We report our latest progresses in the design and synthesis of fluorescent silica nanoparticles. Two different approaches are proposed: the first one is adopted for the inclusion of the dye to prepare doped silica nanoparticles (DSN). The second strategy allows the grafting of the surface of nanoparticles with the dye molecules and is suitable for the synthesis of covered silica nanoparticles (CSN). The two families of nanoparticles are radically different. While DSN are water soluble, surface coverage can dramatically lower the solubility in aqueous solvents. From the point of view of inter-chromophoric interactions, inclusion in DSN allows a good control of the average distance between the dye molcecules but, on the other hand, by surface modification a higher density of fluorophores can be reached making effective short range interactions (in particular electron transfer processes). Finally because of segregation, the interection of dye molecules with the external environment and macromolecules is less effective in the case of DSN. Three different examples are reported. In the first one energy transfer between fluorescein molecules in DSN is demonstrated though fluorescence anisotropy studies. The average distance between the fluorophores was tuned by controlling the degree of loading in order to have energy transfer inside the nanoparticles and in the mean time avoid a too large quenching because of self quenching processes. In the second example extended quenching via electron transfer processes on the surface of CSN is reported showing a simple case of 'amplified' quenching of the fluorescence upon protonation. Finally this last concept was applied to increase the sensibility in the field of metal ion sensing: a case of a water soluble nanosensor for metal ion with amplified response is, in fact, reported.
Although magnesium ions play a key role in many fundamental biological processes, information about its intracellular regulation is still scarce, due to the lack of appropriate detection methods. Here, we report the spectroscopic characterization of two diaza-18-crown-6 hydroxyquinoline derivatives (DCHQ) and we propose their application for the determination of total Mg2+ concentration and in confocal imaging as effective Mg2+ indicators. DCHQ derivatives 1 and 2 bind Mg2+ with much higher affinity than other available probes (Kd = 44 and 73 mM, respectively) with a concomitant strong fluorescence increase. On the other hand, the fluorescence intensity is not significantly affected by other divalent cations, most importantly Ca2+, or by pH changes within the physiological range. Evidence is provided on the use of fluorometric data to derive totalcellular Mg2+content, which is in agreement with atomic absorption data. Furthermore, we show that DCHQ compounds can be effectively employed to map intracellular ion distribution and movements in live cells by confocal microscopy. These findings suggest that DCHQ derivatives may serve as new probes for the study of Mg2+ regulation, allowing sensitive and straightforward detection of both static and dynamic signals.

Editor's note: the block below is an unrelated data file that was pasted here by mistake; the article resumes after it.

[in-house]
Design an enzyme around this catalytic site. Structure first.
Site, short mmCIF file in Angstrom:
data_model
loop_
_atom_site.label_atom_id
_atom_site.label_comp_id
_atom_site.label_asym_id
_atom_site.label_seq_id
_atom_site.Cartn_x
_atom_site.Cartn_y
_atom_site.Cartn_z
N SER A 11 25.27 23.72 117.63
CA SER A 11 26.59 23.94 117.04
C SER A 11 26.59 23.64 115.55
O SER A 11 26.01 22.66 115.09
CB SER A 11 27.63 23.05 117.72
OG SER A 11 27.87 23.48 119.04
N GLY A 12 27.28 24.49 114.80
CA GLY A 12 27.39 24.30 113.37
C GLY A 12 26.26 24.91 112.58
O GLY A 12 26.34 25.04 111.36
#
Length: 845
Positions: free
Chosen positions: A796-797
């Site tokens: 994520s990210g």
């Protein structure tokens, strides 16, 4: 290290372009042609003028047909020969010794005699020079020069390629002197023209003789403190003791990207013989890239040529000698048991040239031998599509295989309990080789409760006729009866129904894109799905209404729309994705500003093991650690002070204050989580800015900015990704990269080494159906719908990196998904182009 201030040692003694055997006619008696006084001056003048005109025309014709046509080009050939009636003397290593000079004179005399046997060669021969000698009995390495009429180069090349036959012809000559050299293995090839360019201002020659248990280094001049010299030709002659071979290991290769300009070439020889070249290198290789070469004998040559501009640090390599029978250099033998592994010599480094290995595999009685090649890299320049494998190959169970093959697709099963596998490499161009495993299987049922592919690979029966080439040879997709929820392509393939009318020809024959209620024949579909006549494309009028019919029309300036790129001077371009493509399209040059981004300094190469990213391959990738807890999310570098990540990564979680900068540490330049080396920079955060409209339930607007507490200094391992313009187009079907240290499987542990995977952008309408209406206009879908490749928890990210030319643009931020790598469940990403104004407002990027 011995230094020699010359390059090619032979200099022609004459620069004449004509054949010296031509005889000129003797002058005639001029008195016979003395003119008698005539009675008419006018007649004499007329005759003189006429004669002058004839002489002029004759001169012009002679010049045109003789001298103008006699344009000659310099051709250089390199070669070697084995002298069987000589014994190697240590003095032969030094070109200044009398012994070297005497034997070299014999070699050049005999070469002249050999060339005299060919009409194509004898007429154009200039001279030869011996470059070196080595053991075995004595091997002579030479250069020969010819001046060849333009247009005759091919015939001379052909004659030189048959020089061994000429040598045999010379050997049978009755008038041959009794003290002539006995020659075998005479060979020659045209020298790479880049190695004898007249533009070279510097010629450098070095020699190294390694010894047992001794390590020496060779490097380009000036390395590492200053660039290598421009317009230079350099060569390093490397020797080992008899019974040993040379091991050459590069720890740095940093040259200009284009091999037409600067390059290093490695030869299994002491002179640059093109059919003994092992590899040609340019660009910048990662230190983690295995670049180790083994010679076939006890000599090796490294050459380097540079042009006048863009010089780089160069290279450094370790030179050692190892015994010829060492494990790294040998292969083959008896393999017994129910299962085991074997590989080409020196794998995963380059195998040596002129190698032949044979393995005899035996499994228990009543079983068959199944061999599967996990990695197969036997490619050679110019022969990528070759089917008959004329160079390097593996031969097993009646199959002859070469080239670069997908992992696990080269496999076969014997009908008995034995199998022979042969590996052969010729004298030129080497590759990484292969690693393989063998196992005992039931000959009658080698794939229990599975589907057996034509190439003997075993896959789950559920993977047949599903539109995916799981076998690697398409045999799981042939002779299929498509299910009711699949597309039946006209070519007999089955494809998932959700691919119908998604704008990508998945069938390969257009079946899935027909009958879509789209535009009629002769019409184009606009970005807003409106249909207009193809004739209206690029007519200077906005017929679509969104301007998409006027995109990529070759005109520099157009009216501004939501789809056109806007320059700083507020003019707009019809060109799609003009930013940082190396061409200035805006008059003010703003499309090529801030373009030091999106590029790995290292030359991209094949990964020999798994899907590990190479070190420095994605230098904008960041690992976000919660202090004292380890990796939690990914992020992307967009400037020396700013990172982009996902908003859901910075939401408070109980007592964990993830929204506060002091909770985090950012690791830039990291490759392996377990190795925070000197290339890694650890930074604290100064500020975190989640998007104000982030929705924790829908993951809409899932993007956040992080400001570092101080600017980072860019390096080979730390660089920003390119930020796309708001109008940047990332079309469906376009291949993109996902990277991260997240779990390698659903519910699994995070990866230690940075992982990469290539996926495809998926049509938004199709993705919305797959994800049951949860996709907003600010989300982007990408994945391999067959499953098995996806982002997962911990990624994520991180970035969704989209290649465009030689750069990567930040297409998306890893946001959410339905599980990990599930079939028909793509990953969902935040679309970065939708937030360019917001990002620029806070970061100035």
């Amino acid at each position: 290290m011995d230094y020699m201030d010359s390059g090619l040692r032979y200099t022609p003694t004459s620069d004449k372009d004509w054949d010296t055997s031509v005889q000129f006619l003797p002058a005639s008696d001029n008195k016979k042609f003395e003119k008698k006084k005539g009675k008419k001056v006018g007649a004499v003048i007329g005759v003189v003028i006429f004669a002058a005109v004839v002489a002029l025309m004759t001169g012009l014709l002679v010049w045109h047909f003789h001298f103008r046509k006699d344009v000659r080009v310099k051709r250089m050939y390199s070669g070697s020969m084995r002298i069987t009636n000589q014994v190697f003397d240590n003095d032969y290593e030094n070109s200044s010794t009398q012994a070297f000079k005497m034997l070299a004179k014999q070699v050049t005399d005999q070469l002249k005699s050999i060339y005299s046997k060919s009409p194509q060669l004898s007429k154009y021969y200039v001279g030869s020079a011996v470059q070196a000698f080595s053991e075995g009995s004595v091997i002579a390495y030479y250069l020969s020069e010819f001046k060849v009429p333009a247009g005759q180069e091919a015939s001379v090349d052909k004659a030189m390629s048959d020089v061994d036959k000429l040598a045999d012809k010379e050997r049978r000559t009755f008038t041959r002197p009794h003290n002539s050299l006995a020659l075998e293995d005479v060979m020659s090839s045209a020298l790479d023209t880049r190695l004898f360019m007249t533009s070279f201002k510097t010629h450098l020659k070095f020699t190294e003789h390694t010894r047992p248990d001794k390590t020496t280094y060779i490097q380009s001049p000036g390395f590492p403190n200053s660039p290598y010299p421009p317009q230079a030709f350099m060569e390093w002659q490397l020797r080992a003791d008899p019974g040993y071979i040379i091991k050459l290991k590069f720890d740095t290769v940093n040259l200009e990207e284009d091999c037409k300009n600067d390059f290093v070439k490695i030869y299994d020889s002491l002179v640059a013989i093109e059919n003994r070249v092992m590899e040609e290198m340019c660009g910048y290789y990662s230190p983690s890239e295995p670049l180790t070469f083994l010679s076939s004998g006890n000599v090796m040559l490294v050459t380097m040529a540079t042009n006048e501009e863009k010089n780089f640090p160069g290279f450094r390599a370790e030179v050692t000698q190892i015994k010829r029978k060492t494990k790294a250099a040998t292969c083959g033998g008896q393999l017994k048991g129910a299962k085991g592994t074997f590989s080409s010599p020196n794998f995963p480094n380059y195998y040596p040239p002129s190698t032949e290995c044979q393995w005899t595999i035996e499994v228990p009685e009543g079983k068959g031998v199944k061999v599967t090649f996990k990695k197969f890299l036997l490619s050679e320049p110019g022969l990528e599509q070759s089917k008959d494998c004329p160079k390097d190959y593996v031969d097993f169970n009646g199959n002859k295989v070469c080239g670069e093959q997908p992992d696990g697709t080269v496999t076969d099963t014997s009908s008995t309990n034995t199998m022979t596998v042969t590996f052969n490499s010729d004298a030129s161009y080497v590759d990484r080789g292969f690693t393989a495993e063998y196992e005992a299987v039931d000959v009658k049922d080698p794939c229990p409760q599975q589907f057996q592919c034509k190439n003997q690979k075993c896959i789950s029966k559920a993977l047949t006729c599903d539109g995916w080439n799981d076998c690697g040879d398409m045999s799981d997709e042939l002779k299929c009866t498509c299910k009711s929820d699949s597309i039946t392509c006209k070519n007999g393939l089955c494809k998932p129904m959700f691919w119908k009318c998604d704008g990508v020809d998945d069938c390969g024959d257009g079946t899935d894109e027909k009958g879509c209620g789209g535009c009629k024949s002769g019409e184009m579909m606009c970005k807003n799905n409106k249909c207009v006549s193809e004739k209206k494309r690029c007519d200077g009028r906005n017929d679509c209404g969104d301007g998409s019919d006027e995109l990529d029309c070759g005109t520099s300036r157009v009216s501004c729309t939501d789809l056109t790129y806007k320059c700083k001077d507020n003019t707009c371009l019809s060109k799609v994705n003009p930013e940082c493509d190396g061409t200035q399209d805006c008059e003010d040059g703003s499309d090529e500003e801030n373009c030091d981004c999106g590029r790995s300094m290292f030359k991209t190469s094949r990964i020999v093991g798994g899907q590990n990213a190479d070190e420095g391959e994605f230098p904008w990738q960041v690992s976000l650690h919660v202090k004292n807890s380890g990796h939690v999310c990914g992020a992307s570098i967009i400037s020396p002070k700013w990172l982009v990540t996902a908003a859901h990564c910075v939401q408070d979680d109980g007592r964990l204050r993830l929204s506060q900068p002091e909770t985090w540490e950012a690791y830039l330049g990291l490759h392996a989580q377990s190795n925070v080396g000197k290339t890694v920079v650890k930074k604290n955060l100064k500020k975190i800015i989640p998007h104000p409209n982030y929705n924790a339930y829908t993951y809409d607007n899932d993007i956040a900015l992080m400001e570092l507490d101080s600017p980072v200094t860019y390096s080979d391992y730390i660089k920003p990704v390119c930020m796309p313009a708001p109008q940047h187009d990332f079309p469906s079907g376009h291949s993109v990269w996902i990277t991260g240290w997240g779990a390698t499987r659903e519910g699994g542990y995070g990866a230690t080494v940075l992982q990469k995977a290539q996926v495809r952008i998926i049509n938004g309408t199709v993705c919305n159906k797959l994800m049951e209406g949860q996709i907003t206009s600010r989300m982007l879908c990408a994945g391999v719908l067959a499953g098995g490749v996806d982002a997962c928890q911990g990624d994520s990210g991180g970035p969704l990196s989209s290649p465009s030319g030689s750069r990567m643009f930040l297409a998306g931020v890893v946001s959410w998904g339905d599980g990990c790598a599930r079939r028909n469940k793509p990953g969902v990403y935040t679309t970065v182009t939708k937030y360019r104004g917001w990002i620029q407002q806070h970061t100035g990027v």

Aiming to develop new fluorescent chemosensors for biological and environmental applications, we have designed and synthesized new chemical species able to reversibly bind alkali, earth-alkali, and transition metal ions. For signaling the binding of the target analyte, we have inserted in the structure of the chemosensors different luminophores, such as dioxyxanthone derivatives, dansyl derivatives, ruthenium complexes, and hydroxyquinoline derivatives. In solution, the binding is always signaled by pronounced changes in the photophysical properties of the inserted luminophore such as emission wavelength and intensity, and excited state lifetime. The mechanism for the signal transduction strongly depends on the chosen receptor and luminophore moieties, and has been investigated in detail by means of steady state and time resolved spectroscopy. In all cases, the synthesized chemosensors have proved to be chemically and photochemically stable. Good selectivity and affinity has been obtained with different sensors for K+, Mg2+, Ba2+, Zn2+, Ni2+ and Cu2+, even in physiological pH conditions. Moreover the use of an array of these sensors in optodes could lead to the construction of the so called electronic tongues. All these features make these sensors promising candidates for analytical applications.